Hyperbaric Oxygen Therapy Brooklyn NY

It was a show about hyperbaric oxygen therapy (HBOT) for children with cerebral palsy, a motor disorder caused by a brain defect that appears at birth, or shortly thereafter.

Lennart Belok
(212) 254-9716
410 East 20th Street
New York, NY
Specialties
Neurology

Data Provided by:
Yuri Brosgol MD
(718) 648-4567
30 W End Ave
Brooklyn, NY
Specialties
Neurology

Data Provided by:
Donald C. Aberfeld
(212) 832-2905
870 United Nations Plaza
New York, NY
Specialties
Neurology

Data Provided by:
Jay E. Selman, MD
(212) 288-6060
737 Park Avenue
New York, NY
Business
Park Avenue Neurology and Sleep Medicine, PLL
Specialties
Neurology, Sleep Medicine EMG-EEG Headaches ADHD and Learning Disabilities Neuro-BOTOX
Insurance
Insurance Plans Accepted: Medicare only
Medicare Accepted: Yes
Accepts Uninsured Patients: No

Doctor Information
Primary Hospital: New York Presbyterian
Residency Training: Albert Einstein College of Medicine - Jacobi Hospital, Bronx
Medical School: University of Texas Southwestern Medical School in Dallas, 1973
Additional Information
Member Organizations: American Academy of Neurology American Epilepsy Foundation
Languages Spoken: English,Spanish

Data Provided by:
John J. Caronna
(212) 746-2304
520 East 70th Street
New York, NY
Specialties
Neurology

Data Provided by:
Lennart C Belok MD
(212) 254-9716
410 E 20th St
New York, NY
Specialties
Neurology

Data Provided by:
Donald C Aberfeld MD
(212) 832-2905
870 United Nations Plz
New York, NY
Specialties
Neurology

Data Provided by:
Ramon Valderrama
(212) 319-1929
30 East 60th Street
New York, NY
Specialties
Neurology

Data Provided by:
Robert E. Barrett
(212) 288-8874
71 East 77th St
New York, NY
Specialties
Neurology

Data Provided by:
Jay E. Selman, MD
(212) 288-6060
737 Park Avenue
New York, NY
Business
Park Avenue Neurology and Sleep Medicine, PLL
Specialties
Neurology, Adult Neurology Child Neurology Sleep Medicine Epilepsy Headaches Migraine Learning disabilities ADHD Tourette
Doctor Information
Primary Hospital: New York Presbyterian
Residency Training: Albert Einstein College of Medicine: Pediatrics: 1973-76; Neurology 1975-78.
Medical School: University of Texas Southwestern Medical School, Dallas, 1973
Additional Information
Member Organizations: American Acedemy of Neurology Child Neurology Society American Epilepsy Society
Languages Spoken: English,Spanish

Data Provided by:
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Hyperbaric Oxygen Therapy

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By James O’brien

Five-year-old Katlyn Bryant had lost a tooth the night before. The tooth fairy duly paid a visit and Katy asked if she could spend the windfall at McDonalds. Of course, said her dad. And off they went to run errands and stop in for a burger. It was just another wonderfully mundane summer afternoon with the little girl her family describes as relentlessly social, loving, and already the family comedian.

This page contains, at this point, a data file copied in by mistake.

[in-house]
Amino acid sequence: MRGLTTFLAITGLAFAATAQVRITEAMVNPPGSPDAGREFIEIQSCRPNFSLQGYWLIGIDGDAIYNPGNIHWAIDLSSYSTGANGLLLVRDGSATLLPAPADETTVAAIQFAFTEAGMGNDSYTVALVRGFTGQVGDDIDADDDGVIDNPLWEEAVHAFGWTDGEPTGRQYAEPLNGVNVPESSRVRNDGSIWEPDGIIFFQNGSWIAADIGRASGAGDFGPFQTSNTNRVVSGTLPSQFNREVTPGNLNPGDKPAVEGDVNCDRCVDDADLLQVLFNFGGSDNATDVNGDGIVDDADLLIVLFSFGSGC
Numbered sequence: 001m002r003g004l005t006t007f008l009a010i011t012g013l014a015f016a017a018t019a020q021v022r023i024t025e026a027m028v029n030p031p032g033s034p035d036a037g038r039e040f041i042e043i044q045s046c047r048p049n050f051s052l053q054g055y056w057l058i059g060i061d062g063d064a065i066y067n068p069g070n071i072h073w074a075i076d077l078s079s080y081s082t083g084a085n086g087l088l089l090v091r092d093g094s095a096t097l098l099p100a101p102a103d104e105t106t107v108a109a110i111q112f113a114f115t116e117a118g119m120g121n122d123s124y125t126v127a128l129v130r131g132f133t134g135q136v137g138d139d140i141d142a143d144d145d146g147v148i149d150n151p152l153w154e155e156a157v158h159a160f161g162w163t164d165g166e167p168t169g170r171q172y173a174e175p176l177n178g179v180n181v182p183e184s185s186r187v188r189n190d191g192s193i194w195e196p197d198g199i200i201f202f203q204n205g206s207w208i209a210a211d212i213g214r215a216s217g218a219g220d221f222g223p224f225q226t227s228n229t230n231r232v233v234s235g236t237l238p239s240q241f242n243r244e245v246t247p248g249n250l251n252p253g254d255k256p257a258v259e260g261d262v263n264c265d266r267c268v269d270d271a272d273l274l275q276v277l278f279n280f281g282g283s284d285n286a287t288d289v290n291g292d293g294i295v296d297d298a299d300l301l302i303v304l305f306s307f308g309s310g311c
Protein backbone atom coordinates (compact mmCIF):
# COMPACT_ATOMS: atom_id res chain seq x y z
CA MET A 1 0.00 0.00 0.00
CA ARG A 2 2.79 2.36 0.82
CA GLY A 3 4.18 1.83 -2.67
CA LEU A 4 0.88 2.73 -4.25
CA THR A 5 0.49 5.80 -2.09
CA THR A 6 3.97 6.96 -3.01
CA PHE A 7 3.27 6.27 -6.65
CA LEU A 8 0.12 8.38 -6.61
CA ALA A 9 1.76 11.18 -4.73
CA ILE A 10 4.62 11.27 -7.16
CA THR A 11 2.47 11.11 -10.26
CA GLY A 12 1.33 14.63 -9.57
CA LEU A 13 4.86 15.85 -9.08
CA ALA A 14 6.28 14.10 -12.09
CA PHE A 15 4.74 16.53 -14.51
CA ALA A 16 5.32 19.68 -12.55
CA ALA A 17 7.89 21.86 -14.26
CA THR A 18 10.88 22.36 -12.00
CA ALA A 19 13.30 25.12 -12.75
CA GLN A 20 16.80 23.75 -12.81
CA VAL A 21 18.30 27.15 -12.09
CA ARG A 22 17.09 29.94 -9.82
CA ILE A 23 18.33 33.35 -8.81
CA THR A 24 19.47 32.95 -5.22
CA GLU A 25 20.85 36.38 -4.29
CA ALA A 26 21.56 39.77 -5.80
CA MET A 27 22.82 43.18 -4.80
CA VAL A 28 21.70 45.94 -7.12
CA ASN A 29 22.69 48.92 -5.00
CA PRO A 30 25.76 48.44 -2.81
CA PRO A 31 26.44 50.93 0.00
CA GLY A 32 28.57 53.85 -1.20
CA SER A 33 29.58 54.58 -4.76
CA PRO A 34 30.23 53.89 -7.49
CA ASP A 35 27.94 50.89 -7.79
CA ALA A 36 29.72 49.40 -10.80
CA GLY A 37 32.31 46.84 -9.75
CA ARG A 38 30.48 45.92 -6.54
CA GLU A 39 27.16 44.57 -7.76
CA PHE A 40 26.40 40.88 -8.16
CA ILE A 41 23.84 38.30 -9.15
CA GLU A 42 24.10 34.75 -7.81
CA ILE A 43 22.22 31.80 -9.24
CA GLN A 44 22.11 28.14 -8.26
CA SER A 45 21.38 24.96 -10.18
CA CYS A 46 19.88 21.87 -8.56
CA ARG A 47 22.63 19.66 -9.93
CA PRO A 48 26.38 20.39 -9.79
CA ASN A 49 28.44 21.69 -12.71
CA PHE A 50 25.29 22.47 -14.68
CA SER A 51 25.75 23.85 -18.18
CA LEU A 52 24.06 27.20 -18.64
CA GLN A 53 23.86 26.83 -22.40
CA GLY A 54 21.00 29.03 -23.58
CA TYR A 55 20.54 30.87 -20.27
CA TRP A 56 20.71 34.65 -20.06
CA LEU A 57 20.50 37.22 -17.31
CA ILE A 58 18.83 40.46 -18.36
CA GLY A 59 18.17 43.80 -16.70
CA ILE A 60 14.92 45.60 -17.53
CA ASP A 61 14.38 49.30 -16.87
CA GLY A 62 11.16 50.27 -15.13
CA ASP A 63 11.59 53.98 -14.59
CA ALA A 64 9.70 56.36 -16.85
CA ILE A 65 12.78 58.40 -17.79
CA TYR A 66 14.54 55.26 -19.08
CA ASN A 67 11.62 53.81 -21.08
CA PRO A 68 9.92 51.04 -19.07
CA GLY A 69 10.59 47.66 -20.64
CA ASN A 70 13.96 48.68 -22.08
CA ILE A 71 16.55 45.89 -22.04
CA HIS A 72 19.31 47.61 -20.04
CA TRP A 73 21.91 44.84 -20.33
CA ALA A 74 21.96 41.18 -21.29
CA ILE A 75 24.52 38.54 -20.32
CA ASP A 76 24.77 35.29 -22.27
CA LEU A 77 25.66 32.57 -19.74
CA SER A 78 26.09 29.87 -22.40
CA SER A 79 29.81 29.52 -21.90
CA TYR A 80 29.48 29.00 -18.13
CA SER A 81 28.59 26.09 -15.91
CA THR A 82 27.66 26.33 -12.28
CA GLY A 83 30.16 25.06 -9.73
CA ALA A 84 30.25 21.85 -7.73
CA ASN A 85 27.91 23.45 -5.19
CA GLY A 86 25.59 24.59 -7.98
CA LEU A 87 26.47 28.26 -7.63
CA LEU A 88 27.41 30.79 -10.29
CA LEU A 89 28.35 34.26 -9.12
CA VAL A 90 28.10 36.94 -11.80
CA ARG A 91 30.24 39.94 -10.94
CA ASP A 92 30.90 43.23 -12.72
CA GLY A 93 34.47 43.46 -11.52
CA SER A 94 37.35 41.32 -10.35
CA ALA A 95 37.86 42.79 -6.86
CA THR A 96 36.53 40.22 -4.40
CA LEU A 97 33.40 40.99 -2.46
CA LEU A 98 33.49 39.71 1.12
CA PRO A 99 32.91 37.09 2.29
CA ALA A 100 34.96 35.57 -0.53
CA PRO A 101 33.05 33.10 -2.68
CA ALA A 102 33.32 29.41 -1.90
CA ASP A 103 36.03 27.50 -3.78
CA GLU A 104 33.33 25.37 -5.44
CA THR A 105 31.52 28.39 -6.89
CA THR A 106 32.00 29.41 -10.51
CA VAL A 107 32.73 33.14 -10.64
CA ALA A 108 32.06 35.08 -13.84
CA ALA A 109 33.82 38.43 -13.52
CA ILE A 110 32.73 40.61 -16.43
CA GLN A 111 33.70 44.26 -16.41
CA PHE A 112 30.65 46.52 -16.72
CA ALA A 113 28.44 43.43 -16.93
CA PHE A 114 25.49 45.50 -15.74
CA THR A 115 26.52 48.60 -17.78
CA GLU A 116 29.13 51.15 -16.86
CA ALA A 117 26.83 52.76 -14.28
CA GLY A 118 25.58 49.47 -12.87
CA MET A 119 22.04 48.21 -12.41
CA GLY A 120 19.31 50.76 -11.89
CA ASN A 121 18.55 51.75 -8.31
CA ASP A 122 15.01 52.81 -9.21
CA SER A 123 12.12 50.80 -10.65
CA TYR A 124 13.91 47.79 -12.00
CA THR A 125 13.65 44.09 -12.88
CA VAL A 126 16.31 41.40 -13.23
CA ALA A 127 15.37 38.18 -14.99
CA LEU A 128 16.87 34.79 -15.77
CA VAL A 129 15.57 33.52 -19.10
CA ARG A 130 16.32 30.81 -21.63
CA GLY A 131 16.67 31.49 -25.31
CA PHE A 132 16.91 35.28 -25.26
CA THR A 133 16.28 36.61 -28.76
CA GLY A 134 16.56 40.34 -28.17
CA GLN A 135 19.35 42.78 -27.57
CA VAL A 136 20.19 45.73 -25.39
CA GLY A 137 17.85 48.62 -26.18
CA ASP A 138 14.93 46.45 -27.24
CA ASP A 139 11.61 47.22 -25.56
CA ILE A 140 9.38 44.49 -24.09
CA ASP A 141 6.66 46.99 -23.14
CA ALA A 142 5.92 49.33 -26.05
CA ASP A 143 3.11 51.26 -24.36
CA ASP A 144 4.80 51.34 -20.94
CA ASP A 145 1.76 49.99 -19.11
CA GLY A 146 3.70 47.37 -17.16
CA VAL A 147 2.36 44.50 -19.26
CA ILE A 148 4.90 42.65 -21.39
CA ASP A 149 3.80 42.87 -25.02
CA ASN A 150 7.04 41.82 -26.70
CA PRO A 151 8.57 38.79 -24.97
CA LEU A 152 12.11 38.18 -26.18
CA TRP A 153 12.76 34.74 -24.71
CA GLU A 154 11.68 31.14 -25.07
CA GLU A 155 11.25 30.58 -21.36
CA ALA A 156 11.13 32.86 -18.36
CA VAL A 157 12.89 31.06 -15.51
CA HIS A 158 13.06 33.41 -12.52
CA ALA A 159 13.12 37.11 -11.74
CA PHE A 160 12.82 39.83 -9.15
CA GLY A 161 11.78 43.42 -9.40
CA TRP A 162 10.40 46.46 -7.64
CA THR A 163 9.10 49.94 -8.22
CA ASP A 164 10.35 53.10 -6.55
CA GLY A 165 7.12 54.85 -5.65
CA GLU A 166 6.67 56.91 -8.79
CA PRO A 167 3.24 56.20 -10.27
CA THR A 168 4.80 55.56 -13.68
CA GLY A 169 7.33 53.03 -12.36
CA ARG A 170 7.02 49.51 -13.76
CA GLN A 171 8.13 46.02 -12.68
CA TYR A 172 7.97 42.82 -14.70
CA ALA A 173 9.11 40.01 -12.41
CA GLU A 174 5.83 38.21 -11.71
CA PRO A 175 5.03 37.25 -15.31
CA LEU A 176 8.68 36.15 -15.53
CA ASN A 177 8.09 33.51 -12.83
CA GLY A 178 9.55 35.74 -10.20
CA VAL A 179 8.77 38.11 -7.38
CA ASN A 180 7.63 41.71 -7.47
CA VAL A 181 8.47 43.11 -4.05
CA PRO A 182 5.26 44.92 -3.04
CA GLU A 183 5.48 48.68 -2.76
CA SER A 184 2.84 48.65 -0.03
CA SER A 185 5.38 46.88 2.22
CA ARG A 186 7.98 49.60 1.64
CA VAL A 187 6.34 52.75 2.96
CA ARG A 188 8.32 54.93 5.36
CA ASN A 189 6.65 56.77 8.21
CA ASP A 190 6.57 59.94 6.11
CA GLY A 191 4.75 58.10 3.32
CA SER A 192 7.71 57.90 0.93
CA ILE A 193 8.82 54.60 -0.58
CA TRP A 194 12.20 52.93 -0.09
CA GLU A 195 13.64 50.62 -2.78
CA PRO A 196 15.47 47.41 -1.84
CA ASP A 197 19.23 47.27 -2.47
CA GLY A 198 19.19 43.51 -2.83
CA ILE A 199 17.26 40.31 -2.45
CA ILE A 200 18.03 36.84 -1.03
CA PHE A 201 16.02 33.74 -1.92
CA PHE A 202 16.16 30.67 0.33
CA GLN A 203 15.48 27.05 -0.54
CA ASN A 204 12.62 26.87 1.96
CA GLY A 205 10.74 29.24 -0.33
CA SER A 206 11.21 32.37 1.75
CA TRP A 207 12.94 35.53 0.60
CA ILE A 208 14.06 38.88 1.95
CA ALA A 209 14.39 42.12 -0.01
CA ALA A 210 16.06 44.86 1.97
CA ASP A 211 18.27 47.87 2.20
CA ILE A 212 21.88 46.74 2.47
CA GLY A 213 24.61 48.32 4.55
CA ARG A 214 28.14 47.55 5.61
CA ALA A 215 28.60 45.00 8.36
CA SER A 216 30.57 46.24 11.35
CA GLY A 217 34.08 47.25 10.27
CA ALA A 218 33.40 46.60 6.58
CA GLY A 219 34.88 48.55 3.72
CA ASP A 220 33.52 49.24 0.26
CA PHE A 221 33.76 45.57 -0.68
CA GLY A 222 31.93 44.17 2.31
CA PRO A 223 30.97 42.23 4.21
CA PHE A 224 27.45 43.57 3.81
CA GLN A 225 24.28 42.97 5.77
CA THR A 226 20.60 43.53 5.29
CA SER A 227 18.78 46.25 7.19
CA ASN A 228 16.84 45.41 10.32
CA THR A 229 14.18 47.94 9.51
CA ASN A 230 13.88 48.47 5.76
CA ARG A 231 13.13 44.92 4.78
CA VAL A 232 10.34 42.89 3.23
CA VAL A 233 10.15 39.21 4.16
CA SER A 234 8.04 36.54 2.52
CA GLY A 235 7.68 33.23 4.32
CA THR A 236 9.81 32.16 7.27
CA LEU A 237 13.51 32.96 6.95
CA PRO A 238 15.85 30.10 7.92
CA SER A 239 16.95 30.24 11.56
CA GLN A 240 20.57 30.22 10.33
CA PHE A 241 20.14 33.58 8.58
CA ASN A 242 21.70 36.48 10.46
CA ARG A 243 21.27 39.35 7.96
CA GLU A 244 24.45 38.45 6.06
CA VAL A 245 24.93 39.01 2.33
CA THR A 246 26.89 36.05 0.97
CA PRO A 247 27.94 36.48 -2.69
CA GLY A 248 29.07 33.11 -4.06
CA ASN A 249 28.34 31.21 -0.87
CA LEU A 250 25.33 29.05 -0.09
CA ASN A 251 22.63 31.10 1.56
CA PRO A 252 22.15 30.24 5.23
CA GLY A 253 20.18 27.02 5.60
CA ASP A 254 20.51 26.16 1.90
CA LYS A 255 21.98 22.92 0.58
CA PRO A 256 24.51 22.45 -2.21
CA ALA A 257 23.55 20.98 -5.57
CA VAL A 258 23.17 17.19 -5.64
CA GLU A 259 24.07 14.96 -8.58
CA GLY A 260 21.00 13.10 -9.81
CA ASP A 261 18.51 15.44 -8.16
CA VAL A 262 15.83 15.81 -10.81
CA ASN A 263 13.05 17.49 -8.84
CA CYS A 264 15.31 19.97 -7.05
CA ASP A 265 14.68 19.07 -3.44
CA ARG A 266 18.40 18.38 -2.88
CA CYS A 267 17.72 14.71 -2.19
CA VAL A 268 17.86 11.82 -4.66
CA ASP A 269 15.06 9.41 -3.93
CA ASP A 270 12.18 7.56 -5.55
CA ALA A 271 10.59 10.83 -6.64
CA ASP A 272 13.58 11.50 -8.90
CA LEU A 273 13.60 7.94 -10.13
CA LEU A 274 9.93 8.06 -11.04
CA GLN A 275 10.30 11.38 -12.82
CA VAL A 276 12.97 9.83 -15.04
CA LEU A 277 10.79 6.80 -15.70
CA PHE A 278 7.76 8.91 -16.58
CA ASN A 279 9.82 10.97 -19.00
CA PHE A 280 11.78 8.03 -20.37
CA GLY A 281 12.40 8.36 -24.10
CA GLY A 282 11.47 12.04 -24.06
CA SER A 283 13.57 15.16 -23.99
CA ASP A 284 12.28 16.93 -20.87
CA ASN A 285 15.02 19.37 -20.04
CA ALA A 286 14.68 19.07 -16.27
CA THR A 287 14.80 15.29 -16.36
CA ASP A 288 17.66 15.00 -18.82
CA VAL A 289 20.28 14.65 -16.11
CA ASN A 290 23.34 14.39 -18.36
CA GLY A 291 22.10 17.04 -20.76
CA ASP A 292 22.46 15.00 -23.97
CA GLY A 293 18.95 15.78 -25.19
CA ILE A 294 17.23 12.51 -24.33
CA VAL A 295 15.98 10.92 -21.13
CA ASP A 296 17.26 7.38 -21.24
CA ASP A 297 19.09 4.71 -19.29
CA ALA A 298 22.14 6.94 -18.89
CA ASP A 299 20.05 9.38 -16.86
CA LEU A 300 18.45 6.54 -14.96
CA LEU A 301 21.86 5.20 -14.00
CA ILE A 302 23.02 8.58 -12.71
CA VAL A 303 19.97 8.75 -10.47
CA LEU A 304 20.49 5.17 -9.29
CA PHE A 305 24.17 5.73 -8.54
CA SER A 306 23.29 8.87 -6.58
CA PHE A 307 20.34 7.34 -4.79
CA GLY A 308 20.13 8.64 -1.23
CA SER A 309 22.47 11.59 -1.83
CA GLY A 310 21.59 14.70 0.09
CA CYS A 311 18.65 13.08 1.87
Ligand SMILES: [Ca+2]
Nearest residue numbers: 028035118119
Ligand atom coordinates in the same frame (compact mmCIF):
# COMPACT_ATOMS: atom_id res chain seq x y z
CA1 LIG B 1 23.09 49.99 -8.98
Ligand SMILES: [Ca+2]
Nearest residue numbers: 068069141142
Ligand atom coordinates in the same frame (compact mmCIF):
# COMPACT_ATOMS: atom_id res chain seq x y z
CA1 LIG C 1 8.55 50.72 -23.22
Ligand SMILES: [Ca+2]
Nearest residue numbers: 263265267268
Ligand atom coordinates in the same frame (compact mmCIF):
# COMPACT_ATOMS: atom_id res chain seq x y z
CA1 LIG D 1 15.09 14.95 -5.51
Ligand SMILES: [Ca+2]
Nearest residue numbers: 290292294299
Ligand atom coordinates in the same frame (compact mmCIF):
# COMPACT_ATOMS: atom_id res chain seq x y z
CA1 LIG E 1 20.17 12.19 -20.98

Katy had been a joyful surprise to her parents right from the start. “We thought we couldn’t have children,” says Darin Bryant, who lives with his family in Dallas, Texas. Indeed, his wife, Janie, was scheduled for a hysterectomy when they got astonishing news: Janie was pregnant. And so their miracle baby was born, and quickly grew into an open and sweet child. She liked to recite poems, sing songs, and go to McDonalds with her father—until that afternoon in July 1998, when an oncoming van swerved into his lane and hit him and his daughter head-on, shattering Bryant’s legs, his face, and his only child’s brain.

In photographs, the car in which Katy’s skull was fractured many times over looks as though it’s been through a compactor. “They told us she wouldn’t live,” Bryant says, and then repeats the phrase, as if he’d only just heard the news yesterday. “Absolutely wouldn’t live.” But live she did, in a manner of speaking. Severe cerebral swelling choked her brain cells and threw her into a coma that would last six months.

When she finally came home from the hospital, Katlyn was alive, but only barely. Hers would be a life spent essentially unconscious, her doctors told the Bryants. She’d be unable to swallow, control her bladder or bowels, or move her arms or legs except in involuntary spasms and seizures. Her inertia would put her at constant risk for bedsores, and eventually, her arms and legs would shrivel. She’d suffer infections along with circulatory problems that could lead to strokes. And she’d require round-the-clock care just to get from one day to the next.

“She was on a cooling blanket because she couldn’t maintain her temperature,” says her father. “She was having five to ten seizures a day and was on multiple medications. She was going downhill, just totally downhill. There was nothing there. There was just no child there.”

Unfortunately, doctors can do very little for children like Katlyn Bryant. Physical therapy can keep the muscles from atrophying. Drugs can mitigate spasticity, fight infections, and get the blood flowing back to the brain. But real recovery, real progress, is rare.

The family settled in for the long haul. Nursing Katlyn became the all-consuming, and increasingly desperate, focus of their lives. Then a call came from Katlyn’s Aunt Mary. Turn on Channel 4, she said. It was a show about hyperbaric oxygen therapy (HBOT) for children with cerebral palsy, a motor disorder caused by a brain defect that appears at birth, or shortly thereafter. The Bryants were intrigued: If this mysterious...

Author: James O'Brien

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